I love late Summer weddings. After just returning from a knock-out family wedding in Durango, Colorado this past weekend, (i.e. tailgating pre-wedding service, the most unforgettable flower girls and pooch ring bearer, fireworks, roasted s’mores for dessert!), I’ve had weddings on my mind and all the surrounding details, from beginning to end. So grab a pen and paper, you bride and groom to-be, and get ready to take some most likely needed notes!
We all know the weeks and months leading up to the Big Day are often filled with many ‘things-to-do’ lists, including mailing off the save-the-date, wedding invitations and RSVPs…
Alice & Max Save the Date
…The rush of the event keeps the bride and groom rolling full steam, but often the arrival of the dreaded Thank You note can kill the fire. However, this doesn’t have to be the case. Keep it simple with the following suggestions, with help from our friend Peggy Post, great granddaughter to the Queen Bee of etiquette.
1. Every gift or act of kindness deserves a handwritten card, no exceptions. This list should include people who give money, your attendants, friends and family who entertain for you or house your guests, vendors who go out of their way to make your wedding memorable, and even Uncle Tom who will supervise the parking at your reception. These individuals matter.
2. Respond in a timely fashion. Ms. Post feels ideally you write the note on the day you receive the gift. Possibly set a goal to write three or four notes a day. Do remember, the accepted standard is to write and send a card within three months of receiving a gift. But don’t make yourself crazy with the thought of writing each day especially leading up to the wedding!
3. Share the responsibility. We live in a modern society so why not work as a team to write these notes together. Open a bottle of good wine, light candles, play music, laugh about moments from the wedding. And be sure to include a signature from both individuals.
4. No shortcuts. Signing a store bought card or writing the same message to everyone does not cut it. The notes people remember are the one which express your heartfelt feelings. Be thoughtful and considerate. Tip: look at the gift when you are writing the letter for inspiration.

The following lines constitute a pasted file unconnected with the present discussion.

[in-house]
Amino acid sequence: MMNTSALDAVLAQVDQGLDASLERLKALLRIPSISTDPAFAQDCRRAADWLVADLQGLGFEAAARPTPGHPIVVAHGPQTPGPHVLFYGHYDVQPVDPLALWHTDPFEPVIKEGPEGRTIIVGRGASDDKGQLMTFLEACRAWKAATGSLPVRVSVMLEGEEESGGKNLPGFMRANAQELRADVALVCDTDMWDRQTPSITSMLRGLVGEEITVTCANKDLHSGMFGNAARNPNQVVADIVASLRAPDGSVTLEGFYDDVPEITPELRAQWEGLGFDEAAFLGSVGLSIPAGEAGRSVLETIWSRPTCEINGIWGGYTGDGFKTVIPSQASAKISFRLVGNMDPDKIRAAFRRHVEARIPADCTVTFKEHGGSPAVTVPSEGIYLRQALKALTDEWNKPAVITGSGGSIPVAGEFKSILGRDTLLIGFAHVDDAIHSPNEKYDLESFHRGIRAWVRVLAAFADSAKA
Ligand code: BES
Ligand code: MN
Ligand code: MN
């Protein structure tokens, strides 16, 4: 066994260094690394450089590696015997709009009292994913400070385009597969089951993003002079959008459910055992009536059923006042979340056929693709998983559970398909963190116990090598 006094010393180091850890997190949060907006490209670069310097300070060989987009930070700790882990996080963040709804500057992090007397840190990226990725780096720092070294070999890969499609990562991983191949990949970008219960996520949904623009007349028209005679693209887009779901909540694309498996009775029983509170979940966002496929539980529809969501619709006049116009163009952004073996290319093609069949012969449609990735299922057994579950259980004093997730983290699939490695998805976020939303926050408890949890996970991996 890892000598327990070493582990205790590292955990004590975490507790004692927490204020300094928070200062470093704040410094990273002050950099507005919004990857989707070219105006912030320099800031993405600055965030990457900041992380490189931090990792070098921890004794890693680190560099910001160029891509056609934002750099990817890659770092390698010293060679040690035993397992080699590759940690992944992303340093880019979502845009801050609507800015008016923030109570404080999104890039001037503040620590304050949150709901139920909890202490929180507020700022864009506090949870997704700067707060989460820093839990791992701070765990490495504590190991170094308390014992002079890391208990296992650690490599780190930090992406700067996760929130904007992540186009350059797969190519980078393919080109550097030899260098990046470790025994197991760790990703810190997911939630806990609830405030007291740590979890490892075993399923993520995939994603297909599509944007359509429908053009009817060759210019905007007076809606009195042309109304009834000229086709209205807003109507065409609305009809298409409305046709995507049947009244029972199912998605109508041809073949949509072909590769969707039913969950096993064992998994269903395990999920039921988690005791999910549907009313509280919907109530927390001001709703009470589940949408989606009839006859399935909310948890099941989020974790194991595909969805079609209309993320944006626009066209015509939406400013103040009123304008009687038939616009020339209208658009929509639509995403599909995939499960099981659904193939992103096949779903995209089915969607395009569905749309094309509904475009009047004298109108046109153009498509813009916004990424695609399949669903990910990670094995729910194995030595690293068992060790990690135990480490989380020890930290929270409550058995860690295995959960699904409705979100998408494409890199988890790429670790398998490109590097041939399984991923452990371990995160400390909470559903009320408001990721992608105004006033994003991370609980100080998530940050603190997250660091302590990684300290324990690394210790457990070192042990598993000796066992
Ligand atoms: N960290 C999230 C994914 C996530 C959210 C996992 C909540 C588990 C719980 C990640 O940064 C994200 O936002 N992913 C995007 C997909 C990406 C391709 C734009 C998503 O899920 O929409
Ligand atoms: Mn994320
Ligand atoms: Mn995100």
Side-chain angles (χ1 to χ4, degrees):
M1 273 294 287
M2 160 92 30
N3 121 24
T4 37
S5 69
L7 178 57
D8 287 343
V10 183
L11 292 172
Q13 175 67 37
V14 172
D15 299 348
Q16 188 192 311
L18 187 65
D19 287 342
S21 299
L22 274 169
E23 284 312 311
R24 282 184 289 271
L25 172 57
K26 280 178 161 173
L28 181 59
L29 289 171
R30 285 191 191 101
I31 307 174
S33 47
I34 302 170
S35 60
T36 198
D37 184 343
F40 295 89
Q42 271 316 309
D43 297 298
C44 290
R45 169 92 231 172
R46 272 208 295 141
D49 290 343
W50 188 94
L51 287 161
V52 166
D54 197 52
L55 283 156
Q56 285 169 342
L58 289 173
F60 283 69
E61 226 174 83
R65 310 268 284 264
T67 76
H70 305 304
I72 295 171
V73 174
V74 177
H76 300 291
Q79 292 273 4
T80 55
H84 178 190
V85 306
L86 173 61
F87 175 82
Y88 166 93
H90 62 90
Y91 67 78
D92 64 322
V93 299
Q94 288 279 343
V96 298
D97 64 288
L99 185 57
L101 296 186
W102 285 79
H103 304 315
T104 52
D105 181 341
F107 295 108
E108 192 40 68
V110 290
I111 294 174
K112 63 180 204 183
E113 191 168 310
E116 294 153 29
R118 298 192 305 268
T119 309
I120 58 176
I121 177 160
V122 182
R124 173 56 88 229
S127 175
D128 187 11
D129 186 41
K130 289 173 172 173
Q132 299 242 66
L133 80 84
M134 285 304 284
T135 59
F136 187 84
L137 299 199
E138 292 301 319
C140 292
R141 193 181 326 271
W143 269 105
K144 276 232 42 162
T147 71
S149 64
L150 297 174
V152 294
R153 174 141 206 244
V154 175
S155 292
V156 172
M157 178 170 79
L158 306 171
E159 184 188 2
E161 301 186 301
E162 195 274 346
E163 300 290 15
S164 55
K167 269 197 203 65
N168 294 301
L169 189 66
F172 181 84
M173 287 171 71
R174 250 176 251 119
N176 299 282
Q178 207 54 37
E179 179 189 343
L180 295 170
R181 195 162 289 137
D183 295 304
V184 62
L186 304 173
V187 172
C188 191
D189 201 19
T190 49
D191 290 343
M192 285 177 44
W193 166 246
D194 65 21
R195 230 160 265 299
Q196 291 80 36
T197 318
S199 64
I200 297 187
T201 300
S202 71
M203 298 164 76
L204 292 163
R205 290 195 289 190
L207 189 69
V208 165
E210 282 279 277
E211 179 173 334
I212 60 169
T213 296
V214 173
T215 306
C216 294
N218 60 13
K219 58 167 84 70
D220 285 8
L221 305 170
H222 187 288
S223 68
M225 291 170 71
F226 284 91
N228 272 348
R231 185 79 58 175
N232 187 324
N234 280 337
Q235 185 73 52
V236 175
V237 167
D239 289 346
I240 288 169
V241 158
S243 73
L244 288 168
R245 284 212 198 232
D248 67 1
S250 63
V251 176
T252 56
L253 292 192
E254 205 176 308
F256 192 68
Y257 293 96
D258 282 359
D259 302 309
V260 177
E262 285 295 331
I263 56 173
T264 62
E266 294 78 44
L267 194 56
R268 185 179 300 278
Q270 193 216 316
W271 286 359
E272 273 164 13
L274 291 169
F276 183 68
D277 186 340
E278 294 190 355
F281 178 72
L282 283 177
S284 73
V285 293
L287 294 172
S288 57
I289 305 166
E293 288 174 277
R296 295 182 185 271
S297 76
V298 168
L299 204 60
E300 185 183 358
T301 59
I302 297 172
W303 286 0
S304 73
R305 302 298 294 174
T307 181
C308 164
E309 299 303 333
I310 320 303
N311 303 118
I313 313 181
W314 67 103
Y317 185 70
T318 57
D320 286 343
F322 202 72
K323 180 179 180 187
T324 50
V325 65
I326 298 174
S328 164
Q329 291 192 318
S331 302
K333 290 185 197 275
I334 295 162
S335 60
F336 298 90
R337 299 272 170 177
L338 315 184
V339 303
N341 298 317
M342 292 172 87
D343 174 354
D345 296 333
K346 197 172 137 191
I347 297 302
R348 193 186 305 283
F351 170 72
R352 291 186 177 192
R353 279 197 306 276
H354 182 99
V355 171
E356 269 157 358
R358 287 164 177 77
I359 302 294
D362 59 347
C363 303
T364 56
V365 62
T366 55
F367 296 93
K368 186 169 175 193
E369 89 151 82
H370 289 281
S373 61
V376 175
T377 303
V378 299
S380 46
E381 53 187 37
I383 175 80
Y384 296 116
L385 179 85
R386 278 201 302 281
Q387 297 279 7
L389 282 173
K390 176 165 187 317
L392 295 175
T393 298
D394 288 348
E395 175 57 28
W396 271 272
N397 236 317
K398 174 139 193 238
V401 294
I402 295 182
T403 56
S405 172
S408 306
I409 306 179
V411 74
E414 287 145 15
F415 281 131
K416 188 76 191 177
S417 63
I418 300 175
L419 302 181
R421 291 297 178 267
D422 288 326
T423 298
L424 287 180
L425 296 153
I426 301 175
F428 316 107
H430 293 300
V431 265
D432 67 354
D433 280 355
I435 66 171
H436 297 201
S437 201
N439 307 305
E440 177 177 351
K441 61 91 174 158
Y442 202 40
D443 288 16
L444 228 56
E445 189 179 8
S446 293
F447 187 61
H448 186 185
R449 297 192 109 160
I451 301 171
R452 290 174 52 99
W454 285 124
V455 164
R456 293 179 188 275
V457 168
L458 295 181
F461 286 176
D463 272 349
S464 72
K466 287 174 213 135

6. And a little additional suggestion from Mrs. Brown here, keep your Thank You list and notes in one location, maybe even a basket or bag with pockets for pens, stamps and cards. This way you can write on the fly. Stop at a coffee shop with your spouse before work, sit at picnic table at a favorite park or plant yourselves at a location meaningful to you both.
Bottom line, especially in this day and age, a handwritten Thank You remains the gold standard of courtesy. Express your words and emotion on paper. There is simply no other way. Now briefly on to the cards themselves…
When were married, we simply ordered plain Thank You notecards (with a touch of the wedgewood blue from our wedding theme, wowza were we into details) through the old Dayton’s (cue to weep!). But nowadays there are many options.
Although Peggy Post believes one should not include a wedding photo or photo card, if this will delay sending notes, I tend to disagree. I feel people enjoy a reminder of the day through an image. I’m especially fond of the greeting cards from Prinstagram. With the ease of using your Instagram account and the high quality card stock and envelopes, it’s a done deal.
My friends Beth and James are considering the above photo to use for their Thank You notes thru Prinstagram. It captures a blip of a moment which most guests didn’t catch yet holds the energy of the evening and the sweetness of the couple. Be authentic. Be you.